Boys Soccer: Lincoln and Washington fight to 1-1 tie

Lincoln's Herman Felipe Herrera (left) and Andres Gustavo Kilgore (right) go to the air with Washington's Ahmed Abdo (center) to make a play on a ball on Tuesday at Lincoln High School. (Photo by Eric Luis)

By Jeremy Balan

Washington High School’s boys soccer team may have lost some ground in the Academic Athletic Association X Division playoff race Tuesday, but it showed it can play with the league’s best.

The Eagles worked a 1-1 tie on the road against Lincoln, the Y Division’s top team, but due to Balboa’s 13-1 drubbing of Wallenberg, Washington fell out of the X Division’s final playoff spot with six games to play.

Lincoln senior Kendall Benavides Kwan (top) and Washington's Syed Hassan jockey for position on Tuesday at Lincoln High School. (Photo by Eric Luis)

“We’re glad we got a point and we got a little lucky,” said Washington head coach Jose Carrera. “We have to prove ourselves to everyone, not just them. We cannot underestimate anyone, because every point is important.”

After a scoreless first half, the Mustangs (9-2-1) struck first in the 45th minute, when a long clearance from Lincoln defender Juan Carlos Velasquez sailed over the head of a Washington defender and was collected behind the Eagles’ back line by forward Nelson Mitchell Vasquez.

All alone with Washington goalkeeper Paulo Romero, Vasquez chipped the ball into the net to give the Mustangs the 1-0 lead.

But it didn’t take long for the Eagles (8-2-2) to respond.

A minute later, a Lincoln handball gave Washington a free kick just outside the penalty area.

Washington senior Misael Marin took the kick from about 15 yards out and bent a perfect strike around the Lincoln wall and just inside the right post to knot the game up at 1-1.

“He put it in a perfect spot,” said Lincoln head coach Kenyatta Scott. “He put it right where it needed to be and any coach would take a play like that. The result was spot-on.”

Washington had its share of scoring opportunities throughout, but it was Romero that preserved the tie for the Eagles. The senior had nine total saves in the match, including a sliding save in the 53rd minute on another Lincoln one-on-one opportunity.

“He’s an excellent goalkeeper,” Carrera said. “He gives me and all of the players a lot of confidence to play the rest of the game.”

Lincoln senior Kendall Benavides Kwan (right) and Washington senior Rasam Aminzadeh go toe-to-to on Tuesday at Lincoln High School. (Photo by Eric Luis)

While Washington felt relieved to get a point, the Lincoln sideline felt a win may have slipped through its fingers. Along with their scoring opportunities that didn’t pan out, the Mustangs had two goals negated by offside calls in the first half.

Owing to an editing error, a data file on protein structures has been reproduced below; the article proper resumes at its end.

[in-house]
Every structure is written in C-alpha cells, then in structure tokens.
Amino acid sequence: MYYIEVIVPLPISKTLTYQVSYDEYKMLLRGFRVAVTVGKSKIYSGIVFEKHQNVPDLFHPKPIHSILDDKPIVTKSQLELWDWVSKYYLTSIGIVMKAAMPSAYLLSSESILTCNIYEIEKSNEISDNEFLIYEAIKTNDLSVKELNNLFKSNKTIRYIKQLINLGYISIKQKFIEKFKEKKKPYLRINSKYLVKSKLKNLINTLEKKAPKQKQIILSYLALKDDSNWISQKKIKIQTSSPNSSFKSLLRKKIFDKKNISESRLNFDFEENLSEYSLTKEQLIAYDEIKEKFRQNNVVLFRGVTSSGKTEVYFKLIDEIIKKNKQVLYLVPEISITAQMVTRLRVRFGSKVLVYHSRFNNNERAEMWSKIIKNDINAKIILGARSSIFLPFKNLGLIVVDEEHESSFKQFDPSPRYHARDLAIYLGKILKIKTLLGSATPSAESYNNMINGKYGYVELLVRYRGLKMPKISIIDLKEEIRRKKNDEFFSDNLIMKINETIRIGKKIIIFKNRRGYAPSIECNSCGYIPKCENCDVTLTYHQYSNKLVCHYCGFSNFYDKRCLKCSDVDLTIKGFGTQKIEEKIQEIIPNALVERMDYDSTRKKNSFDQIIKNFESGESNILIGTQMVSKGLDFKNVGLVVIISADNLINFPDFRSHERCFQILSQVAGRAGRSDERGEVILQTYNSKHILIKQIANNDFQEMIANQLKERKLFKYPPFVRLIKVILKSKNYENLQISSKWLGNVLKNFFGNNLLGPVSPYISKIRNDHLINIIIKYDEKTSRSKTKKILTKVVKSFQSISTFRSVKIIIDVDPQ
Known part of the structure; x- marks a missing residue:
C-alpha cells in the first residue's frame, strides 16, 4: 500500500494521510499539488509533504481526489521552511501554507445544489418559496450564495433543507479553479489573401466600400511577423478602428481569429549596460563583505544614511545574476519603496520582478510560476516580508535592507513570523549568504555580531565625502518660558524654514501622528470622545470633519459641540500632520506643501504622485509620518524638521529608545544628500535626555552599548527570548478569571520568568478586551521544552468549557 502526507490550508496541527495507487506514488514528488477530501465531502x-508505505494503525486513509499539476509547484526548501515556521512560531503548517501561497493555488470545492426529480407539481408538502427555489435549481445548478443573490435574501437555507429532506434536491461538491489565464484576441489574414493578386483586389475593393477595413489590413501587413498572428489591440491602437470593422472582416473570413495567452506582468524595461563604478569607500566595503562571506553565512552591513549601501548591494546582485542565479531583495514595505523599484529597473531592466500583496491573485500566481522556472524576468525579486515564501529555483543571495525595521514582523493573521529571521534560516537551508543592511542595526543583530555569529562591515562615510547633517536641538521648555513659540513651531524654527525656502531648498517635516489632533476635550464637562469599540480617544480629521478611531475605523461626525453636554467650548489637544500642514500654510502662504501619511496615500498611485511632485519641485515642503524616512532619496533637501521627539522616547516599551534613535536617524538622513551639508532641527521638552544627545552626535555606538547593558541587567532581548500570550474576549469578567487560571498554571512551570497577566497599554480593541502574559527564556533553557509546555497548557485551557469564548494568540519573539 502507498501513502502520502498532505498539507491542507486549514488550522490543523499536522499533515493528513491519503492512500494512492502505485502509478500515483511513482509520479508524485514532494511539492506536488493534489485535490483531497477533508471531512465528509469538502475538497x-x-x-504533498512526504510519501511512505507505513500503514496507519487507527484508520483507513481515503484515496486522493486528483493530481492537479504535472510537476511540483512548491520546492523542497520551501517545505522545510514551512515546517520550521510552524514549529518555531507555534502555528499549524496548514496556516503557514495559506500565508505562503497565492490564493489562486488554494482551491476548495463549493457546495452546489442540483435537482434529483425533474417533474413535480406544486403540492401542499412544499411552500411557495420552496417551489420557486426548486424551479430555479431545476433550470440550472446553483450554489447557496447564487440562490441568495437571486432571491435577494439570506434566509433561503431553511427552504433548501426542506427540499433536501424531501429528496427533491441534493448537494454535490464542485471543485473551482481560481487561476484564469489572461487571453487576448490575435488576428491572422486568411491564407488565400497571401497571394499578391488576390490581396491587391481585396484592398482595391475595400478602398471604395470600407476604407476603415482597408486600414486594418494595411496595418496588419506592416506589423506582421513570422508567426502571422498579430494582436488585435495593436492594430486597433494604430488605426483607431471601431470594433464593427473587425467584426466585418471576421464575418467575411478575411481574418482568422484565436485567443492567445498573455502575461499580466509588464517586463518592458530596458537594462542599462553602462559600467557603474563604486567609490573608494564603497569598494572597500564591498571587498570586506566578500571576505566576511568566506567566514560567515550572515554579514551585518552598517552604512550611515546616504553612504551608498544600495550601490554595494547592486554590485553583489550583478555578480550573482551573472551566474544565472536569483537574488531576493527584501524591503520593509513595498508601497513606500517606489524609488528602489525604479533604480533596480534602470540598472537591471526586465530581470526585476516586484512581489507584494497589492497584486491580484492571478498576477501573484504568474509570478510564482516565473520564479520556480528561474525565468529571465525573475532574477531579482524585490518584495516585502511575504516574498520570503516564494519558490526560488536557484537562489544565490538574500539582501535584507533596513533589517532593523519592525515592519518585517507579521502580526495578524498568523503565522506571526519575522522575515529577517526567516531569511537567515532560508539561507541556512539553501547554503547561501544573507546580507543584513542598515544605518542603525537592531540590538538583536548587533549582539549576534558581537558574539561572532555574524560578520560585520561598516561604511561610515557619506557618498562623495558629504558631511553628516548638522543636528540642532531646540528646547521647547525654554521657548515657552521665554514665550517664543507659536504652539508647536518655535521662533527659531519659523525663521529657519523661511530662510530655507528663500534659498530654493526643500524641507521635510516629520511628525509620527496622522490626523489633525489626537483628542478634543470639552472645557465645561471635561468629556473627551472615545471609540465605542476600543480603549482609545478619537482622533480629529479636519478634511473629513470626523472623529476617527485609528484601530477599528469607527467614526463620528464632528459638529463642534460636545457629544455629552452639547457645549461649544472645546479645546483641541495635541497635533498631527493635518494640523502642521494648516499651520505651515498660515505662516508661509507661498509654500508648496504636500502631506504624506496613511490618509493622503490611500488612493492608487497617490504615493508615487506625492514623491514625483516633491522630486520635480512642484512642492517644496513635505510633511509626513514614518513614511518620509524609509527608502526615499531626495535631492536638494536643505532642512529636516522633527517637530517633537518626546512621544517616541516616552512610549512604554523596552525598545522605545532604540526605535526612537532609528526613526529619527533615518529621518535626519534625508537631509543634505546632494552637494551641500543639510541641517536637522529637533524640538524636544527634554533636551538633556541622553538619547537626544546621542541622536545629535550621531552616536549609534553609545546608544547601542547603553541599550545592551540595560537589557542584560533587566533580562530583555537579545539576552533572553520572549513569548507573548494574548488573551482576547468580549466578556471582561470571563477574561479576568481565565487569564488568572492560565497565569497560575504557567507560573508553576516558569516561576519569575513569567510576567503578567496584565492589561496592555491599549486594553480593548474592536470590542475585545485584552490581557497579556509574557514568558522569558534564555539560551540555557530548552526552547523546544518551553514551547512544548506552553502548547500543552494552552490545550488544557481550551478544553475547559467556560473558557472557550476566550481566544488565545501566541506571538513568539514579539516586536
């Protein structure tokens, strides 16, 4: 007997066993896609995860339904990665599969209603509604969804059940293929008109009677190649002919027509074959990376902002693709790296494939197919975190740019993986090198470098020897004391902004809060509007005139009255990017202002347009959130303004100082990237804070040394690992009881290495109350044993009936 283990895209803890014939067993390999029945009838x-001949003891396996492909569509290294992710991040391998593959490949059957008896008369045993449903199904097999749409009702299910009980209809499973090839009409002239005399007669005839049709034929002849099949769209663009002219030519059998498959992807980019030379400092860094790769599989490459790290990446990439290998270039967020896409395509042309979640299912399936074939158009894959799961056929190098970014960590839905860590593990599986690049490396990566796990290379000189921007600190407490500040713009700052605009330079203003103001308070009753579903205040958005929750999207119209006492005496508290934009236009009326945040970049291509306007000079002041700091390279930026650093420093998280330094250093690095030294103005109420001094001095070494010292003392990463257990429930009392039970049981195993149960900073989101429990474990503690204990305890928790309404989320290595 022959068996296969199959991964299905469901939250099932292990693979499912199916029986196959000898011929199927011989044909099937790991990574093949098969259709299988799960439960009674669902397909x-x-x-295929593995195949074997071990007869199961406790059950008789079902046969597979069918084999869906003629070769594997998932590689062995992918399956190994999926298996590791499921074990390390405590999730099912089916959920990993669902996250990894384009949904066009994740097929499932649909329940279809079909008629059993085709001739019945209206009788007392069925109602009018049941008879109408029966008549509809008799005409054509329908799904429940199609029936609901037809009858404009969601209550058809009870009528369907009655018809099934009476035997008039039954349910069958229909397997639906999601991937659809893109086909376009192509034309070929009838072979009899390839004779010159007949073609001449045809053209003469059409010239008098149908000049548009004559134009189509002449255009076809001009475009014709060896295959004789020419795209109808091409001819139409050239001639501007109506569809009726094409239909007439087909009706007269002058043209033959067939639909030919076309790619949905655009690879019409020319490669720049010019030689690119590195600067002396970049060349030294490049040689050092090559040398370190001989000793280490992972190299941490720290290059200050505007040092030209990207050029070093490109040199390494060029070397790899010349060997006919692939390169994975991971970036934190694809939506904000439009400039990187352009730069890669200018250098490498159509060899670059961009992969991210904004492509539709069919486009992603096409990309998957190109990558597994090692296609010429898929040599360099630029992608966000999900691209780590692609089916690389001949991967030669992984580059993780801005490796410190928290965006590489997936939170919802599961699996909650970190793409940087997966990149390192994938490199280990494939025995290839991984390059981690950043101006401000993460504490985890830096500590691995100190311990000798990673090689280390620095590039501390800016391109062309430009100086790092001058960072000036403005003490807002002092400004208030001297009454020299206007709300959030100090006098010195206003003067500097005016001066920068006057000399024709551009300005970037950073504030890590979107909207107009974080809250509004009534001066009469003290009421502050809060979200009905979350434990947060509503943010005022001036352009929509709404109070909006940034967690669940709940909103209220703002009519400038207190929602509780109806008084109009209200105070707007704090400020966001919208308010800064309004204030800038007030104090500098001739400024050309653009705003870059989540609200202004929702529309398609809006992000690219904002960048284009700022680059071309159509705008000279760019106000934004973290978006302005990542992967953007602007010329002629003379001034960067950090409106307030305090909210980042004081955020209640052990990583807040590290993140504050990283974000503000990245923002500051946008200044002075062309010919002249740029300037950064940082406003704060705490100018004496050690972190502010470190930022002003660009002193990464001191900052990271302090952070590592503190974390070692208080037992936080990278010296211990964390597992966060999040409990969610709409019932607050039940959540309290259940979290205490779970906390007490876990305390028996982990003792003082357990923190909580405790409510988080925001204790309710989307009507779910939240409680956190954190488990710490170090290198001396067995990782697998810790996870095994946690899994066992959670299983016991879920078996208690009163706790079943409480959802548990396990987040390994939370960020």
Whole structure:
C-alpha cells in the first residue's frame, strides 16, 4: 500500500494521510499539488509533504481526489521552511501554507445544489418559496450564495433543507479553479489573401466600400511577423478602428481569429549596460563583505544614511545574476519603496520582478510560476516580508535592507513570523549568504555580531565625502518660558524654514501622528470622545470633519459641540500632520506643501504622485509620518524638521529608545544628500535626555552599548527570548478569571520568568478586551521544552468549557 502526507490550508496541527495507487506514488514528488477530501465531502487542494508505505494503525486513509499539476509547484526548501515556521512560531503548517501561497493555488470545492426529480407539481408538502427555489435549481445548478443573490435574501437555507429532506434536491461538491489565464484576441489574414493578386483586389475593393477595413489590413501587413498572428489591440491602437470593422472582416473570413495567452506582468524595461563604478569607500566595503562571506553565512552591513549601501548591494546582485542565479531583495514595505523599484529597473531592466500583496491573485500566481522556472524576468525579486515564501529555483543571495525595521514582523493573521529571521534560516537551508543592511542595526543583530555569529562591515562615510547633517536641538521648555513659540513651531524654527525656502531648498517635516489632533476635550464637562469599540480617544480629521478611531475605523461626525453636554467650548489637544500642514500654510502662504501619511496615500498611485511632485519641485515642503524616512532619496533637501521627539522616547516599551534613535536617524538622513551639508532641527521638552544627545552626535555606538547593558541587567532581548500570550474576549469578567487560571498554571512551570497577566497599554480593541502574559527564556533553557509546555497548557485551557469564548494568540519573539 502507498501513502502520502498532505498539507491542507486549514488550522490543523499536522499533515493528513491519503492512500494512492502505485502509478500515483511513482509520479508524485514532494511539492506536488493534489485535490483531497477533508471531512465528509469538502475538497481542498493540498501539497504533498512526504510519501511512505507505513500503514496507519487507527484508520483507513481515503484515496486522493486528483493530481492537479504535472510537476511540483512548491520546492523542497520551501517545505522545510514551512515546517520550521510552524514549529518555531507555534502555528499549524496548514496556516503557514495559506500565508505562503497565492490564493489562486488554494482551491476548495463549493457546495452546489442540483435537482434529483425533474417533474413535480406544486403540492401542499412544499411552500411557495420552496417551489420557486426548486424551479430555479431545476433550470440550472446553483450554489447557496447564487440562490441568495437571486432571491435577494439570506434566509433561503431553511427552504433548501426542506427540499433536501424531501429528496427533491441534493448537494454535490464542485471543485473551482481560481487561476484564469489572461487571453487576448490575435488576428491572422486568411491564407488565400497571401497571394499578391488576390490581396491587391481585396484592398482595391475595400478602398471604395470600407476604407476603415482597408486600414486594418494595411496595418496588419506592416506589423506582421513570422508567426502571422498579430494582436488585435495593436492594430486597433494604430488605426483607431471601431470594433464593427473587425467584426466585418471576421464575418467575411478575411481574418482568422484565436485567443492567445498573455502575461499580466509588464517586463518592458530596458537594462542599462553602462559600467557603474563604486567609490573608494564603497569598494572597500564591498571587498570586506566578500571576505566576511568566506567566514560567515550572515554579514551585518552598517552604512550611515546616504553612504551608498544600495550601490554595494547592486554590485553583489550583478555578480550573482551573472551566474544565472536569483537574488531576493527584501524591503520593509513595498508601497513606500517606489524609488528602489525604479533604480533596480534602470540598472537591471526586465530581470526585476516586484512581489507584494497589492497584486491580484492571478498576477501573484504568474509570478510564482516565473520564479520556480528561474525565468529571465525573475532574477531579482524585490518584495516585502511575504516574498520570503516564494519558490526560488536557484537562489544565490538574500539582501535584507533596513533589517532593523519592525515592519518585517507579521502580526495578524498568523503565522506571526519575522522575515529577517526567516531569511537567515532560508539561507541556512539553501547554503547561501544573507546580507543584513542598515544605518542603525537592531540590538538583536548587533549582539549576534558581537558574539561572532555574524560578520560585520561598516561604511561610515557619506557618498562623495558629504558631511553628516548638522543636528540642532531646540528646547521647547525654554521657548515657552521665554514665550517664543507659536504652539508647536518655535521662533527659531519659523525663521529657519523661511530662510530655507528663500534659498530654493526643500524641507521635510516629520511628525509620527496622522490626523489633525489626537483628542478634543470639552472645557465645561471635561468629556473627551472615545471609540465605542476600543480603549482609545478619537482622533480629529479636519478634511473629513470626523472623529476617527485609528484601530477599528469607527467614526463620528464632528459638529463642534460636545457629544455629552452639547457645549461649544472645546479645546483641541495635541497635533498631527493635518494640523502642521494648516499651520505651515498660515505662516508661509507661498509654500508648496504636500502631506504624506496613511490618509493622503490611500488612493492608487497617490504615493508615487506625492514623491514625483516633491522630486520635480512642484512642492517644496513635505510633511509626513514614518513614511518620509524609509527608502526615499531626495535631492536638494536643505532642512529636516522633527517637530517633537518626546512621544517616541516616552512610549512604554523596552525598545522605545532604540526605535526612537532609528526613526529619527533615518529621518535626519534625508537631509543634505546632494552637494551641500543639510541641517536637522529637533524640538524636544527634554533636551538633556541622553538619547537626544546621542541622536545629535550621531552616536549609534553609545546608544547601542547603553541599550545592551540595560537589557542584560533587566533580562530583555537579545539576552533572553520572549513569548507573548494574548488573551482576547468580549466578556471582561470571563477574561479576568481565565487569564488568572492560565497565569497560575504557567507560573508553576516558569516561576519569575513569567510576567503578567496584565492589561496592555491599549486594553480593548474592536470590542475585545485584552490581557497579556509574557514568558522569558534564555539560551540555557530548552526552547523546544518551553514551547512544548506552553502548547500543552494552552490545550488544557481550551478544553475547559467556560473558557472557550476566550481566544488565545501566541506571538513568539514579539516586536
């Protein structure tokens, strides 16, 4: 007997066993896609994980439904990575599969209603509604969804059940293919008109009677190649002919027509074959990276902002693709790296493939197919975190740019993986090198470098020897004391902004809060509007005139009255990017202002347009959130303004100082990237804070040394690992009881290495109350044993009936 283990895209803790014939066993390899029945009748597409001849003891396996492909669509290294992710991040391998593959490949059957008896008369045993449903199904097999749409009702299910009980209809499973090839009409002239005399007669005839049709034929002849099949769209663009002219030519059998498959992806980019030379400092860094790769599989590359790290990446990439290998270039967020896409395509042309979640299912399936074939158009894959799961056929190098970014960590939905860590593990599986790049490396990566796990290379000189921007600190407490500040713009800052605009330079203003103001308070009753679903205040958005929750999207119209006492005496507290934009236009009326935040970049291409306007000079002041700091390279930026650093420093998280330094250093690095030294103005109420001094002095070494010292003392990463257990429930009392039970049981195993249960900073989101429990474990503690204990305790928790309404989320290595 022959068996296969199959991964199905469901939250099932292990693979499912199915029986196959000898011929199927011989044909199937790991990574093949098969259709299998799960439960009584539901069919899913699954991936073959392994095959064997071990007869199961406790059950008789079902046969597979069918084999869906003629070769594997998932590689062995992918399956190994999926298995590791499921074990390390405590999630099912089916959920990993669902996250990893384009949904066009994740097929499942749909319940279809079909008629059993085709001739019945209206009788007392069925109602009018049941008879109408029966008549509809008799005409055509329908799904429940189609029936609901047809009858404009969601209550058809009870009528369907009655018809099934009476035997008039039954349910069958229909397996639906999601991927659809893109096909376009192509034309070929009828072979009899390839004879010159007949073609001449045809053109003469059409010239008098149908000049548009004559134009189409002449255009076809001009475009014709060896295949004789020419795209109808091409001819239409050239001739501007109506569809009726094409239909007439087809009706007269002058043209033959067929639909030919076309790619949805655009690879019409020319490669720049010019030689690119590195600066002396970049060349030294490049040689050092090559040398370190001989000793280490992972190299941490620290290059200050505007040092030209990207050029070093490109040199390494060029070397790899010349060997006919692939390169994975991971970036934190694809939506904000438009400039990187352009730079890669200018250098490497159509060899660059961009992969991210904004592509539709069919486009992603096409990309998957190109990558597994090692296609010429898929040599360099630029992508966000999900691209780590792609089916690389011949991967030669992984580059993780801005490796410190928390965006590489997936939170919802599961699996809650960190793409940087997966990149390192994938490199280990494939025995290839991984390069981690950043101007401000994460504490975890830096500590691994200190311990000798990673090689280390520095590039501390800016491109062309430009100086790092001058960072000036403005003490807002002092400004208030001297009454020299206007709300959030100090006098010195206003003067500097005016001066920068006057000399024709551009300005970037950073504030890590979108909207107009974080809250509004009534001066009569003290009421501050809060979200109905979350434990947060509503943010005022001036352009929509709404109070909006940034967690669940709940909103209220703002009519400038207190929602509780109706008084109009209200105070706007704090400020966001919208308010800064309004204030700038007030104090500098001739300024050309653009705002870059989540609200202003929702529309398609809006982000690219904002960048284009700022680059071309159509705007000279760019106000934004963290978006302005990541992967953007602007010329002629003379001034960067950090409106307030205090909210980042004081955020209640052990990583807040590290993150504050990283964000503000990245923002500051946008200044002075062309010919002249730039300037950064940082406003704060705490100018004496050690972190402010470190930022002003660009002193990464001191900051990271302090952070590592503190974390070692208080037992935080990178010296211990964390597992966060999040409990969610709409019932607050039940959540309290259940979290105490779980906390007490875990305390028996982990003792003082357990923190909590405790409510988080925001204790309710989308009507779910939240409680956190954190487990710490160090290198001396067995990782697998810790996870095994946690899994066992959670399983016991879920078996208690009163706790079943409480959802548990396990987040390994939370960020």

“There was no question [they were offside] and those are young mistakes that we, as a team, should not be making,” Scott said. “To be in that position — we did this to ourselves.”

Lincoln is sitting comfortably atop the Y Division, but the Eagles will likely be in a fight for the final spot in the X Division into the final week, and will get another stiff test Thursday in undefeated Lowell, which beat Washington 6-1 in the first game of the season.

Many key players were missing for Washington in that early match, including Romero.

“It’s important we win every game from now on,” Carrera said. “Our next game is going to be our biggest test. [In the first game against Lowell] we didn’t have our complete team.”

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13 Comments

  1. Sag mode says:

    Damn how is it that the eagles are 8-2-2 but are still fighting for a playoff spot? Thanks j balan for the coverage very appreciated

    • Nate says:

      Like last year, the Boys Soccer divisions are very lopsided. The X Division has five quality teams battling for a playoff spot, while the Y Division has only two teams of that caliber.

      It all comes back to trying to get in more games in the season. Boys soccer could do the schedule like football and have each team play the others only once, but that means only 12 games. The current system allows for 15-16 games for each team, though the downside is that the divisions are devised based on the prior year’s results, and that doesn’t necessarily offer the best prediction of what can occur. Who knew that SFI and ISA would be so strong, and that O’Connell would have an off year?

      • Lowell House says:

        Five quality teams? More like three, compared to the other division’s two. SFI and ISA aren’t “strong.” Neither deserves to make the playoffs.

        • Huskies says:

          SFI, does not deserve to make the playoffs, does not deserve to be in contention. Just a school of less than 200 kids, all from third world countries who just immigrated. Who are on their first year of sports, yes you are right the caliber is not that high. Maybe Lowell should think of getting out of the pond that is the AAA and move on to larger waters where they will be really tested like the NCS.